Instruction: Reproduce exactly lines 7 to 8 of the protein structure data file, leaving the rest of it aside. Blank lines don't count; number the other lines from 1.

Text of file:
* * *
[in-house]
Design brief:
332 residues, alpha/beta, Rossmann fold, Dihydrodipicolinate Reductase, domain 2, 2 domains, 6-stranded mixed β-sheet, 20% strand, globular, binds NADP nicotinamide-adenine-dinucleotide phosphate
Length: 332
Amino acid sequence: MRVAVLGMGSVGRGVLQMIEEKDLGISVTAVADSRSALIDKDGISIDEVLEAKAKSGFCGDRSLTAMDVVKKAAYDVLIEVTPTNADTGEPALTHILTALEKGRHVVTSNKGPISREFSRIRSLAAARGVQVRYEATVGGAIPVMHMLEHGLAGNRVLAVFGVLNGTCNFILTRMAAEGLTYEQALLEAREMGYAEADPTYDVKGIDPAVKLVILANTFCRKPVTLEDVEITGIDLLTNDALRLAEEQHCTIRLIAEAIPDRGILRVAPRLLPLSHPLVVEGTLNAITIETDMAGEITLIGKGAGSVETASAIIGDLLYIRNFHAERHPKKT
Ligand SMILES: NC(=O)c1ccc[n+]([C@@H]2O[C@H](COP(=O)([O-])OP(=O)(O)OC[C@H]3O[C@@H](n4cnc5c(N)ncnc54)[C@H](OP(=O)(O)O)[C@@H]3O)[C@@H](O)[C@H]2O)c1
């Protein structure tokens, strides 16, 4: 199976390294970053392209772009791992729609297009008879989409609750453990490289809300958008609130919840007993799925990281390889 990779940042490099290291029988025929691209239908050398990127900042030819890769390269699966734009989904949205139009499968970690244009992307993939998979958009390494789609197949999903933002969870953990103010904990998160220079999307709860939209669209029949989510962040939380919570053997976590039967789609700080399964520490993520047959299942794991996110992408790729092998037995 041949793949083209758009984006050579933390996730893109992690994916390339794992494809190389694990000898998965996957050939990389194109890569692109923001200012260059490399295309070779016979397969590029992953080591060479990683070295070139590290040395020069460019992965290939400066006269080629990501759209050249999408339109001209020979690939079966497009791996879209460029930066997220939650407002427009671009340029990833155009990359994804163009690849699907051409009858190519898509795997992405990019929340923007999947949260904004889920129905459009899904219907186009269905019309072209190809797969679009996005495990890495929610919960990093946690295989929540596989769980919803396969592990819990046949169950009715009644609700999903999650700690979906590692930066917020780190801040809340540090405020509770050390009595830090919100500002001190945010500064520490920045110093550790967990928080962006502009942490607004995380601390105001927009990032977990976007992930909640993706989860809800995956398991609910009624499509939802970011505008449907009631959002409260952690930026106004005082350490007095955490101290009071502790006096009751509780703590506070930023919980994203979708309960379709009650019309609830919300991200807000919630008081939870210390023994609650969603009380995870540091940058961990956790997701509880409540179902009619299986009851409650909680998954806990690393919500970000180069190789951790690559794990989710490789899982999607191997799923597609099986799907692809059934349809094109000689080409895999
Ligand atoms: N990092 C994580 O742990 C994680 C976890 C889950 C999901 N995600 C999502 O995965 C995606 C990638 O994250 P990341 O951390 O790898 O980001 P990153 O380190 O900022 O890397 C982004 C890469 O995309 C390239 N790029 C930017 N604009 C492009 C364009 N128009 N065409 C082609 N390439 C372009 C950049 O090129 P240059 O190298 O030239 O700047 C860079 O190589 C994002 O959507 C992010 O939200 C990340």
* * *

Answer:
């Protein structure tokens, strides 16, 4: 199976390294970053392209772009791992729609297009008879989409609750453990490289809300958008609130919840007993799925990281390889 990779940042490099290291029988025929691209239908050398990127900042030819890769390269699966734009989904949205139009499968970690244009992307993939998979958009390494789609197949999903933002969870953990103010904990998160220079999307709860939209669209029949989510962040939380919570053997976590039967789609700080399964520490993520047959299942794991996110992408790729092998037995 041949793949083209758009984006050579933390996730893109992690994916390339794992494809190389694990000898998965996957050939990389194109890569692109923001200012260059490399295309070779016979397969590029992953080591060479990683070295070139590290040395020069460019992965290939400066006269080629990501759209050249999408339109001209020979690939079966497009791996879209460029930066997220939650407002427009671009340029990833155009990359994804163009690849699907051409009858190519898509795997992405990019929340923007999947949260904004889920129905459009899904219907186009269905019309072209190809797969679009996005495990890495929610919960990093946690295989929540596989769980919803396969592990819990046949169950009715009644609700999903999650700690979906590692930066917020780190801040809340540090405020509770050390009595830090919100500002001190945010500064520490920045110093550790967990928080962006502009942490607004995380601390105001927009990032977990976007992930909640993706989860809800995956398991609910009624499509939802970011505008449907009631959002409260952690930026106004005082350490007095955490101290009071502790006096009751509780703590506070930023919980994203979708309960379709009650019309609830919300991200807000919630008081939870210390023994609650969603009380995870540091940058961990956790997701509880409540179902009619299986009851409650909680998954806990690393919500970000180069190789951790690559794990989710490789899982999607191997799923597609099986799907692809059934349809094109000689080409895999
Ligand atoms: N990092 C994580 O742990 C994680 C976890 C889950 C999901 N995600 C999502 O995965 C995606 C990638 O994250 P990341 O951390 O790898 O980001 P990153 O380190 O900022 O890397 C982004 C890469 O995309 C390239 N790029 C930017 N604009 C492009 C364009 N128009 N065409 C082609 N390439 C372009 C950049 O090129 P240059 O190298 O030239 O700047 C860079 O190589 C994002 O959507 C992010 O939200 C990340």